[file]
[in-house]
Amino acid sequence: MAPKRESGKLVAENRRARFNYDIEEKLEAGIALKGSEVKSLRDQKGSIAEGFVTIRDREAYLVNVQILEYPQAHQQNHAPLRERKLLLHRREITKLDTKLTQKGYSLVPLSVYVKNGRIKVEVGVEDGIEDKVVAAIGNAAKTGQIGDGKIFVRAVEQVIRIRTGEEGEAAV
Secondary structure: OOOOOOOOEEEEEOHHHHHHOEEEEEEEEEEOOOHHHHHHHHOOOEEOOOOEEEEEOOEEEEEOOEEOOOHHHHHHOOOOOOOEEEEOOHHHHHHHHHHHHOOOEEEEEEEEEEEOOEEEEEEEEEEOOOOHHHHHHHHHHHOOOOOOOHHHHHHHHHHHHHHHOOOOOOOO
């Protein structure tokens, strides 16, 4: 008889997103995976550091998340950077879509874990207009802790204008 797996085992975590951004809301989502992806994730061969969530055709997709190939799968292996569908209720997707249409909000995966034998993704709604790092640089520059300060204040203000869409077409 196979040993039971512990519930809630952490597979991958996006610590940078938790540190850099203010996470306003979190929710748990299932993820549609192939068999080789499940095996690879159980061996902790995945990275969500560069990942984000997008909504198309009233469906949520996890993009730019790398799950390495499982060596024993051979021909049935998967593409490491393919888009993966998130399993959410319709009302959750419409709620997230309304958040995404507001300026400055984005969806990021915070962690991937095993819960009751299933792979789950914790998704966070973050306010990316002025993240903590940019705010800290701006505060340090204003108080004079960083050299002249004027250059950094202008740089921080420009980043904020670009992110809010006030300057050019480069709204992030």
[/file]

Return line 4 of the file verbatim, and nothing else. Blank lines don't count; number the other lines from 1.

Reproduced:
């Protein structure tokens, strides 16, 4: 008889997103995976550091998340950077879509874990207009802790204008 797996085992975590951004809301989502992806994730061969969530055709997709190939799968292996569908209720997707249409909000995966034998993704709604790092640089520059300060204040203000869409077409 196979040993039971512990519930809630952490597979991958996006610590940078938790540190850099203010996470306003979190929710748990299932993820549609192939068999080789499940095996690879159980061996902790995945990275969500560069990942984000997008909504198309009233469906949520996890993009730019790398799950390495499982060596024993051979021909049935998967593409490491393919888009993966998130399993959410319709009302959750419409709620997230309304958040995404507001300026400055984005969806990021915070962690991937095993819960009751299933792979789950914790998704966070973050306010990316002025993240903590940019705010800290701006505060340090204003108080004079960083050299002249004027250059950094202008740089921080420009980043904020670009992110809010006030300057050019480069709204992030």